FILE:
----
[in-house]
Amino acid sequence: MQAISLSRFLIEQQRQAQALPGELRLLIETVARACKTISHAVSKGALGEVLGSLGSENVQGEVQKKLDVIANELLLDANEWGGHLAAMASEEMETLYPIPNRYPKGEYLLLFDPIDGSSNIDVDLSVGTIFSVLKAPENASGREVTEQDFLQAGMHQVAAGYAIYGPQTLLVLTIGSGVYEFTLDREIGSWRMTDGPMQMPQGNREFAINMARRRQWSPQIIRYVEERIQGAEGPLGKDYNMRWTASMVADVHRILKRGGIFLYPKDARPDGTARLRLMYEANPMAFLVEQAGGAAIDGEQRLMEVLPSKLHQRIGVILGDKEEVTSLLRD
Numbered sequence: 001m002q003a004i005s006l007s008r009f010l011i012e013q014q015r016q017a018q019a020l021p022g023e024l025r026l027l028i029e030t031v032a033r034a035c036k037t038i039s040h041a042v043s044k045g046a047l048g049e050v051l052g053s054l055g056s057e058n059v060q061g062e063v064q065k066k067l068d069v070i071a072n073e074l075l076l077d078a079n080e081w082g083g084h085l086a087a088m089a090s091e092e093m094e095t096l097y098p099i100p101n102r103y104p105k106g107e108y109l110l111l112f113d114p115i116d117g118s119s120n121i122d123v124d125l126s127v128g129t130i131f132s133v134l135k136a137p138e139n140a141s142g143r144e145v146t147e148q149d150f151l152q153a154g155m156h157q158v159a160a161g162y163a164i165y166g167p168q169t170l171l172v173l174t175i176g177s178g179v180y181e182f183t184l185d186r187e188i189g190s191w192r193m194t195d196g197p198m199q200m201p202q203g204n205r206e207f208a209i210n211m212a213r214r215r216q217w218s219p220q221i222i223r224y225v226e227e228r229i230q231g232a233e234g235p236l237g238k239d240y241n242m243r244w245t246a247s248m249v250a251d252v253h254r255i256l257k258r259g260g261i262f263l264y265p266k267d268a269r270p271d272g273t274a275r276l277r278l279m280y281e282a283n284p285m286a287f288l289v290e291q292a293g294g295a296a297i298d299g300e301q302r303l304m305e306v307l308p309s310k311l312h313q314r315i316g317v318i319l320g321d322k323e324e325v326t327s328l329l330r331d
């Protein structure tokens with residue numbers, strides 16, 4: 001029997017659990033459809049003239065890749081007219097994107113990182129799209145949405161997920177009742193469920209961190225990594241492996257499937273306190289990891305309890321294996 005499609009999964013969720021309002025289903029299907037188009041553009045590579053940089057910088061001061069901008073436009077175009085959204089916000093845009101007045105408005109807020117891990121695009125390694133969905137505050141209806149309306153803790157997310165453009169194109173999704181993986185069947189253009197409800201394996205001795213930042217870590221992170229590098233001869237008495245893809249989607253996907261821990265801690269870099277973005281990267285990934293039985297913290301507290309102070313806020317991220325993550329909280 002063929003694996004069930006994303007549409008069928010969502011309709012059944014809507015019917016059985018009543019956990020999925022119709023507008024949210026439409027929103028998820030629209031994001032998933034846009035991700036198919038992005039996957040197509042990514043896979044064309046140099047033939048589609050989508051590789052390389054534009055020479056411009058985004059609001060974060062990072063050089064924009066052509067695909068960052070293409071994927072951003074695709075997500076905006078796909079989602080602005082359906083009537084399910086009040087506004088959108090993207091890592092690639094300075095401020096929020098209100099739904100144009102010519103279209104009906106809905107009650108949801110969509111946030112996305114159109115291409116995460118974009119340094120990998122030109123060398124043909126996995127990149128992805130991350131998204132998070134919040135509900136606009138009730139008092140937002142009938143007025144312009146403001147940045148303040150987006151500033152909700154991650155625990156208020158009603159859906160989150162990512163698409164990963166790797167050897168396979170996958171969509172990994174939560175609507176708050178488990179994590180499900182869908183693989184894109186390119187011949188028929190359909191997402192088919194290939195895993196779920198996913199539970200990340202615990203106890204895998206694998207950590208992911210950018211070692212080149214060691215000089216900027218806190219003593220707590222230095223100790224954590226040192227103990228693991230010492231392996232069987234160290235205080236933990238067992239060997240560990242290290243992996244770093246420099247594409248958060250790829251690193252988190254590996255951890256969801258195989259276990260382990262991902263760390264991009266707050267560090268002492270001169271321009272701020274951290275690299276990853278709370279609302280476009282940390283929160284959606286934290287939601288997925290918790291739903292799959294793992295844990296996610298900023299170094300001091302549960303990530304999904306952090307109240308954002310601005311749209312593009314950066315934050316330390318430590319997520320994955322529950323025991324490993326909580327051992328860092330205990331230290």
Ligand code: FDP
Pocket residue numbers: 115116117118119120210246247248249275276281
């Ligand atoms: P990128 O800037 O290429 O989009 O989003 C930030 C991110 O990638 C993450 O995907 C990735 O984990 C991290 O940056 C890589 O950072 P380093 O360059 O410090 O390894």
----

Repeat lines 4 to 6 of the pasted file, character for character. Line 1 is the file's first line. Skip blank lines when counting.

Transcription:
């Protein structure tokens with residue numbers, strides 16, 4: 001029997017659990033459809049003239065890749081007219097994107113990182129799209145949405161997920177009742193469920209961190225990594241492996257499937273306190289990891305309890321294996 005499609009999964013969720021309002025289903029299907037188009041553009045590579053940089057910088061001061069901008073436009077175009085959204089916000093845009101007045105408005109807020117891990121695009125390694133969905137505050141209806149309306153803790157997310165453009169194109173999704181993986185069947189253009197409800201394996205001795213930042217870590221992170229590098233001869237008495245893809249989607253996907261821990265801690269870099277973005281990267285990934293039985297913290301507290309102070313806020317991220325993550329909280 002063929003694996004069930006994303007549409008069928010969502011309709012059944014809507015019917016059985018009543019956990020999925022119709023507008024949210026439409027929103028998820030629209031994001032998933034846009035991700036198919038992005039996957040197509042990514043896979044064309046140099047033939048589609050989508051590789052390389054534009055020479056411009058985004059609001060974060062990072063050089064924009066052509067695909068960052070293409071994927072951003074695709075997500076905006078796909079989602080602005082359906083009537084399910086009040087506004088959108090993207091890592092690639094300075095401020096929020098209100099739904100144009102010519103279209104009906106809905107009650108949801110969509111946030112996305114159109115291409116995460118974009119340094120990998122030109123060398124043909126996995127990149128992805130991350131998204132998070134919040135509900136606009138009730139008092140937002142009938143007025144312009146403001147940045148303040150987006151500033152909700154991650155625990156208020158009603159859906160989150162990512163698409164990963166790797167050897168396979170996958171969509172990994174939560175609507176708050178488990179994590180499900182869908183693989184894109186390119187011949188028929190359909191997402192088919194290939195895993196779920198996913199539970200990340202615990203106890204895998206694998207950590208992911210950018211070692212080149214060691215000089216900027218806190219003593220707590222230095223100790224954590226040192227103990228693991230010492231392996232069987234160290235205080236933990238067992239060997240560990242290290243992996244770093246420099247594409248958060250790829251690193252988190254590996255951890256969801258195989259276990260382990262991902263760390264991009266707050267560090268002492270001169271321009272701020274951290275690299276990853278709370279609302280476009282940390283929160284959606286934290287939601288997925290918790291739903292799959294793992295844990296996610298900023299170094300001091302549960303990530304999904306952090307109240308954002310601005311749209312593009314950066315934050316330390318430590319997520320994955322529950323025991324490993326909580327051992328860092330205990331230290």
Ligand code: FDP
Pocket residue numbers: 115116117118119120210246247248249275276281